Since you are likely taking your wildlife shots using a telephoto lens, you are going to have a very narrow depth of field, so when it comes to taking wildlife photos you need to know what is important to be in focus.
They say the eyes are the window to the soul and that is true for either humans or wildlife. So when taking wildlife shots, be sure their eyes are totally in focus to catch those fascinating expressions. Try using a tiny amount of fill flash to help light up their eyes and get that enhanced look that will make your photos shine!
Do Your Homework on the Creatures You Are Shooting Pix Of
When it comes to taking wildlife photos, it’s best to learn as much about the species that you are aiming your camera at. You want to have at least a general idea of the habits of the creatures you are photographing if you want the best chance to get a great shot, plus keep things safe for both you and the animals.
For instance, remember those grizzly bears catching salmon? You need to know that grizzly bear can run pretty darned fast and if they decide to charge, you better have a safe place to get to. Plus, the mama grizzly is definitely not going to like it if you get between her and her cubs.
Learn the perfect angle for composing wildlife photos
Another thing you need to know in wildlife photography is how to take the shot at the most perfect angle. For the most part, photographs of animals moving around are best taken with additional room put in front of the creature’s direction of movement.
Plus, if it is looking around or from side to side, try to leave your additional room in the same direction the animal is facing. It’s even better if your shot can somehow include whatever it is that the animal is so interested in.
Find That Perfect Location
In order to take those great wildlife shots, you of course need to know where to find the wildlife. Don’t think you have to go far, far away from where you live in order to get wildlife photos. Some of the best photos I have taken were only a couple of miles away from my home. For example, that pair of mute swans I took photos of that year had a nest on the bank of a river literally a mile or so from where I bought my groceries every week.
So, how can you find out where all these beautiful and fascinating creatures live? One way to do this is to get out and explore the area by walking or jogging. This way you get some exercise along with finding the best places to take your wildlife photos. Be sure to follow along both the public pathways, as well as the areas off the path. Walking is going to show you far more sweet spots than driving.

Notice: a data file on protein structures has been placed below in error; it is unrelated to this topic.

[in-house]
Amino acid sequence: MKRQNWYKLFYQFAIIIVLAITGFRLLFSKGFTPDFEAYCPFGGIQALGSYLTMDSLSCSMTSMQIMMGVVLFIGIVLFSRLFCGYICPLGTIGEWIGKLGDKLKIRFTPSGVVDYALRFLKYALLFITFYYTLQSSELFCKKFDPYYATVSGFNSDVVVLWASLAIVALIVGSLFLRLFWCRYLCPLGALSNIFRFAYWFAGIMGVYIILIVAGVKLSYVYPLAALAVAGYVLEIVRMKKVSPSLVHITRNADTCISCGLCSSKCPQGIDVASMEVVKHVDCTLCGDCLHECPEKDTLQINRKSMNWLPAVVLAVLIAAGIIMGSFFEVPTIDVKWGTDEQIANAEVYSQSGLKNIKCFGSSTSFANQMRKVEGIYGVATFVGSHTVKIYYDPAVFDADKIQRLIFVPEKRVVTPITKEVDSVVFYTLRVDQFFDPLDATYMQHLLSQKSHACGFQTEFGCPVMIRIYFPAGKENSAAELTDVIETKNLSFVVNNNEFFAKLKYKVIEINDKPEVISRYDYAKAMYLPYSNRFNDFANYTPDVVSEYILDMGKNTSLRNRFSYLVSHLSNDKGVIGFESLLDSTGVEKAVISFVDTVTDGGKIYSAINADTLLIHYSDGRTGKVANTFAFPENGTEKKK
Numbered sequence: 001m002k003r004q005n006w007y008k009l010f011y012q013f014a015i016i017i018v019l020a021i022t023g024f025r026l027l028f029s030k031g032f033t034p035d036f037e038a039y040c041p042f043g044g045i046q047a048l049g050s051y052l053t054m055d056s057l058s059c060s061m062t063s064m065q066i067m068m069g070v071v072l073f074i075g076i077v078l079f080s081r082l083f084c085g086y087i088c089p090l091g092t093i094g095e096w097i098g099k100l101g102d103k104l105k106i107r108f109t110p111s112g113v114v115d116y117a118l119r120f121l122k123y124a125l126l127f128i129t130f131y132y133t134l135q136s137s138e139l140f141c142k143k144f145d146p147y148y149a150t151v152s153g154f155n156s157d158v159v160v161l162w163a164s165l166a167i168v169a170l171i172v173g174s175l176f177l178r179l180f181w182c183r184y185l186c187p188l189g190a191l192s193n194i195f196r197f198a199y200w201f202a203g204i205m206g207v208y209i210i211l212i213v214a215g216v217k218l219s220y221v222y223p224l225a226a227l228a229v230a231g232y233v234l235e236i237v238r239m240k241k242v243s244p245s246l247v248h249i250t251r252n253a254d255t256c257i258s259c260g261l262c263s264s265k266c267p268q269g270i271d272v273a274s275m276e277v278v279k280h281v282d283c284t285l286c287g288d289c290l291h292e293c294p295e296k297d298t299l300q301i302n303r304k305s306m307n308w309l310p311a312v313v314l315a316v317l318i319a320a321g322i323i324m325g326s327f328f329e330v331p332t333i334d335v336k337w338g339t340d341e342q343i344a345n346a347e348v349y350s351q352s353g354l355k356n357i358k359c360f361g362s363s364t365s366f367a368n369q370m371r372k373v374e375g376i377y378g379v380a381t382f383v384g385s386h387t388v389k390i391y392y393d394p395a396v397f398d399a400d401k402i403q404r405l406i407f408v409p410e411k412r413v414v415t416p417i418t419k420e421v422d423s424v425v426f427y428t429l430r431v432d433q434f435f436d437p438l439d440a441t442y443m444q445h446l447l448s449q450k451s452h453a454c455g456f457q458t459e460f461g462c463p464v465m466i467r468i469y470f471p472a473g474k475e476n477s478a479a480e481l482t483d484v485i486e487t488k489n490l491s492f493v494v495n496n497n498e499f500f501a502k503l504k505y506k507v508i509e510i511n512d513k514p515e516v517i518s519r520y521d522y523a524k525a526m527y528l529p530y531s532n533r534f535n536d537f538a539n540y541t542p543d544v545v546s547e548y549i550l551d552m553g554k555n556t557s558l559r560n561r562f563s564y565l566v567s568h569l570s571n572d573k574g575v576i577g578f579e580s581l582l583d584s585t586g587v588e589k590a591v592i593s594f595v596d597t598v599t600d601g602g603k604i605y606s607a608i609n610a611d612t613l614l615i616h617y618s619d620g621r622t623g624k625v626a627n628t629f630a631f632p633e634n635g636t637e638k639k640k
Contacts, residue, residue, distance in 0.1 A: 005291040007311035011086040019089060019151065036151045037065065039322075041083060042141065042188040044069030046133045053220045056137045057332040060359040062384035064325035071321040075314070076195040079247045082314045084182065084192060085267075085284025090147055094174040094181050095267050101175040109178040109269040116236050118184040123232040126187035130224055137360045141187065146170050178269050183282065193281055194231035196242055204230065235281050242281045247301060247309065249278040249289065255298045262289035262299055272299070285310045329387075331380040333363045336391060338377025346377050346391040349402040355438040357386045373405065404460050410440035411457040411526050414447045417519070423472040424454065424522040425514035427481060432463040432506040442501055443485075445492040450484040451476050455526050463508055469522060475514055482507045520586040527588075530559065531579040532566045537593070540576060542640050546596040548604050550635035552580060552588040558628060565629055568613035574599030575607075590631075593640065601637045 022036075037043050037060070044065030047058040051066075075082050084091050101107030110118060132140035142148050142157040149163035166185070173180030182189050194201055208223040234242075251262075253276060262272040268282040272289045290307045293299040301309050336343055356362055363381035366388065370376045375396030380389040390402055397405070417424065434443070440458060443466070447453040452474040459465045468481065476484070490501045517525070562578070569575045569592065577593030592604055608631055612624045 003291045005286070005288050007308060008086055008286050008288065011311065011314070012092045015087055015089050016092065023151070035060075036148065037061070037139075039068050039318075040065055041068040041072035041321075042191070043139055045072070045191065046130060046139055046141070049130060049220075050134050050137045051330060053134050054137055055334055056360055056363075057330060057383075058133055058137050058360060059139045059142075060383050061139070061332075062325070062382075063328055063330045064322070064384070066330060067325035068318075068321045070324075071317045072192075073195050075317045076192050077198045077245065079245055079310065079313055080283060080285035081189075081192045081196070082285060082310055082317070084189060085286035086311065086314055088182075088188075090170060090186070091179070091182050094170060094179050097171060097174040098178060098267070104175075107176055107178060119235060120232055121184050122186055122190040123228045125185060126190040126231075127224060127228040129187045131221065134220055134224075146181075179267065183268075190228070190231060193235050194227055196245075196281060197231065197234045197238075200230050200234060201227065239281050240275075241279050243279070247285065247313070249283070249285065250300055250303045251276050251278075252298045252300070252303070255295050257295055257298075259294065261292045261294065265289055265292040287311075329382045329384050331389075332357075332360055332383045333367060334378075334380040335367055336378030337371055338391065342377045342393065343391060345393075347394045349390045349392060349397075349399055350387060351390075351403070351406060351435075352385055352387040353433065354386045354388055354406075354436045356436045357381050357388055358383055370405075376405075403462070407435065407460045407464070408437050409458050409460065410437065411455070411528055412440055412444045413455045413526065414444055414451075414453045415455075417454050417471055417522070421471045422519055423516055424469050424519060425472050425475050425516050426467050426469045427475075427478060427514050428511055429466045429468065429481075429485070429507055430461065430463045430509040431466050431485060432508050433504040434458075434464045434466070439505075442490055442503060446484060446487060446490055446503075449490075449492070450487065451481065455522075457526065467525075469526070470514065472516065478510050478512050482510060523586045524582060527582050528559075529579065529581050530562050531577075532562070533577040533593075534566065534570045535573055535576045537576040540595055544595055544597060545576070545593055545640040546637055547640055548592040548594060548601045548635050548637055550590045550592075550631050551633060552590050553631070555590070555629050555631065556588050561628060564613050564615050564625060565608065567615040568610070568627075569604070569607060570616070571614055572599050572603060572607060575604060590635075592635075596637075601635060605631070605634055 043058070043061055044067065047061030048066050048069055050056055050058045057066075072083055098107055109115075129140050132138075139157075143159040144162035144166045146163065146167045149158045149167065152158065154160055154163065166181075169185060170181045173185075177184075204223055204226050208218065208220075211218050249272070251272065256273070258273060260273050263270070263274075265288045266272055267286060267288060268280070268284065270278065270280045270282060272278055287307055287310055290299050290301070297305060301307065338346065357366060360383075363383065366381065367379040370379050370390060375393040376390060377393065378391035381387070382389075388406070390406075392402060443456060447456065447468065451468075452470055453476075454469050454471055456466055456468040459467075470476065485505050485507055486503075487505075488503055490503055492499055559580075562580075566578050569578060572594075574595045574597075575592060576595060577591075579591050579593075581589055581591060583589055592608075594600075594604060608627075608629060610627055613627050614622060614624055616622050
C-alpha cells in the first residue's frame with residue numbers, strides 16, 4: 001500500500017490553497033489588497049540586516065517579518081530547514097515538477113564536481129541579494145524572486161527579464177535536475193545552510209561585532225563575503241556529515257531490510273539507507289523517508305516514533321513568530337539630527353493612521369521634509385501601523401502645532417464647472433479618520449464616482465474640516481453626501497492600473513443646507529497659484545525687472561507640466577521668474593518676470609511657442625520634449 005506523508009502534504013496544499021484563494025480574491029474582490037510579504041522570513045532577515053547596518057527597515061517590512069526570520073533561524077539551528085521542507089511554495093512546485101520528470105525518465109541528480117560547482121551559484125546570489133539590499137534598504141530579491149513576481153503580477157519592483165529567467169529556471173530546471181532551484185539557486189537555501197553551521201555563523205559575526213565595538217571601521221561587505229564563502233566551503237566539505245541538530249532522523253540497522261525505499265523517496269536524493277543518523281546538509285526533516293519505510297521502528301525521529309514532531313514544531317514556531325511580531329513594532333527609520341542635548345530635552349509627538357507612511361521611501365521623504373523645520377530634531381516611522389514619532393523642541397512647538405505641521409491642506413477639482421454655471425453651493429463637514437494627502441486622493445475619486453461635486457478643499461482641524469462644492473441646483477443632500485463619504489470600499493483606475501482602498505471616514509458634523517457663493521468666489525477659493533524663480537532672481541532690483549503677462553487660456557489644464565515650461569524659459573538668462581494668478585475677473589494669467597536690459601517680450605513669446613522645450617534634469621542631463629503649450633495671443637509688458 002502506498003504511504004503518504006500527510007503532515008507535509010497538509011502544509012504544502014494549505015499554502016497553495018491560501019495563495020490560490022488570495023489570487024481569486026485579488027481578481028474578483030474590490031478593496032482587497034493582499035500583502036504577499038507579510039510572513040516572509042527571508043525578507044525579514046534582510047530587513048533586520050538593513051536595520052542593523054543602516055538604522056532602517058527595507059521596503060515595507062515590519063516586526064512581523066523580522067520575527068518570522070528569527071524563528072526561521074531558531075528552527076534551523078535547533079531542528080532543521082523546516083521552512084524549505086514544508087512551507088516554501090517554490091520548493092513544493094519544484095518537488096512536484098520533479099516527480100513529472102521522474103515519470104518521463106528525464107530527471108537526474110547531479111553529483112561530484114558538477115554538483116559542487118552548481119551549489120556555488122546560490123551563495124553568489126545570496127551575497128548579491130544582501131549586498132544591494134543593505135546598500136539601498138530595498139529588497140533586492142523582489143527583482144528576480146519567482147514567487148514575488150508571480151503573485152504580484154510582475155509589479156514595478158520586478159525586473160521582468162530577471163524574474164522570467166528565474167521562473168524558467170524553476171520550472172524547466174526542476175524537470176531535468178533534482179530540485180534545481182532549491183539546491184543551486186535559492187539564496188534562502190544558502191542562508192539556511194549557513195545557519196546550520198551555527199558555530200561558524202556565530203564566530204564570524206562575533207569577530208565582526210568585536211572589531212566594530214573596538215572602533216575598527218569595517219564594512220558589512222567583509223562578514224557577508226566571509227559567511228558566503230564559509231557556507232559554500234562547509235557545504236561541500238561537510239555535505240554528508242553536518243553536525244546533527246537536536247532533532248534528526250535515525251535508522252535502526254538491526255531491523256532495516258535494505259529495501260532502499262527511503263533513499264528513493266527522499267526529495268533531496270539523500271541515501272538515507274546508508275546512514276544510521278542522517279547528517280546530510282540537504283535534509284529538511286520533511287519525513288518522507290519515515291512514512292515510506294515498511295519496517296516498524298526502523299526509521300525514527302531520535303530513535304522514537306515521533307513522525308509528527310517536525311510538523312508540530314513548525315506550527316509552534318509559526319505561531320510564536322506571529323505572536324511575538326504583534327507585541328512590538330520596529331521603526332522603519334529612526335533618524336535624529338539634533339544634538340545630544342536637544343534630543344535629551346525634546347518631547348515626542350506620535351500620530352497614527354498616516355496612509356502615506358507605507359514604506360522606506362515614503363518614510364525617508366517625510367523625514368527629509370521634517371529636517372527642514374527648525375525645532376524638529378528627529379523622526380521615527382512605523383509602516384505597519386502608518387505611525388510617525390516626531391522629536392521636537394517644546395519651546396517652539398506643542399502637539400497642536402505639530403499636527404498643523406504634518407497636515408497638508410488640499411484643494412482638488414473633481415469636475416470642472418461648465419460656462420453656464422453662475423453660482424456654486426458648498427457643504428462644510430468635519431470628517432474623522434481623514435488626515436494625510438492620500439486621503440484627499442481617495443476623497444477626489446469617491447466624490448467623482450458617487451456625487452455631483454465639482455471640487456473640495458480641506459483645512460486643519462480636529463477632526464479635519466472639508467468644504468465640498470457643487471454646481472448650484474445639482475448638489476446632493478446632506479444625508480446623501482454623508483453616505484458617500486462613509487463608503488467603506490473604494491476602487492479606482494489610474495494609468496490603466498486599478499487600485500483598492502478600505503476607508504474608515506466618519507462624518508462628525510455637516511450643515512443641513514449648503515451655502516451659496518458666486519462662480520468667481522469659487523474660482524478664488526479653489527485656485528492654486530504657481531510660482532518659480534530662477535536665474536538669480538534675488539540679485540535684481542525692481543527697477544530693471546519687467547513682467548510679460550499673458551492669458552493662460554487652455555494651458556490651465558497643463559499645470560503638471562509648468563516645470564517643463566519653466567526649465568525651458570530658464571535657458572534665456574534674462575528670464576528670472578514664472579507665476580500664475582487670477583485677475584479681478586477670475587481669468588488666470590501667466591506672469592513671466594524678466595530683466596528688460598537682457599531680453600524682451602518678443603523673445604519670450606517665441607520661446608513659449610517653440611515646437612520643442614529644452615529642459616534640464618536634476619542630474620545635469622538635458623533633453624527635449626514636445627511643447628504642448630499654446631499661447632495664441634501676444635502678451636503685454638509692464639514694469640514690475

Best Gear for Wildlife Photography
You may believe that you have to have a lot of expensive gear to take wildlife photos. However, expensive gear may be nice, but skill is sometimes a lot more important than expensive lenses or filters. For example, you need a good digital camera and at least a 200 or 300 mm telephoto lens to get decent wildlife shots since as we said earlier, you don’t want to get right up on top of the animals you are trying to photograph.
Get Your Camera Setting Right
Just remember too that the larger the millimeter number is, the more expensive, as well as heavier, the lens is going to be. If you can afford it, one of the better lenses you can get for long distance wildlife photography is a 400mm f/5.6 lens. Still yet, you can get some beautiful shots with even a 100mm lens under the right conditions.
You also need to pay attention to the type of camera you are going to use. For example, if you plan on taking a lot of pictures of birds flying or moving animals, then you should pay attention to the camera’s frames per second, the accuracy of its focusing mechanism, and that it has high ISO features that work well.
The rule with a full frame camera is to set exposure not longer than focal length of your lens. If you have a camera with a sensor that is smaller, you have to multiply the 200 millimeters of the lens using the crop factor of your camera. So, you have to know that to set the exposure manually.
The other thing is your ISO. For example, if you are taking a lot of bird shots, you will need to get the ISO as low as you can, but if possible, try to keep it around 800 if you want your photos to be in better focus.
Lighting is also important and the best times of the day for wildlife (or any other shots for that matter) are probably first thing in the morning, or in the evenings around dusk. This gives you some nice soft lighting and the shadows aren’t so dark. However, depending on the wildlife you are photographing, you may need to be there at a different time of the day.
The bottom line is that wildlife photography can be very rewarding and net you some thrilling photos, but you have to learn some patience, along with keeping both you and the wildlife safe and secure and as always, using the proper settings and gear.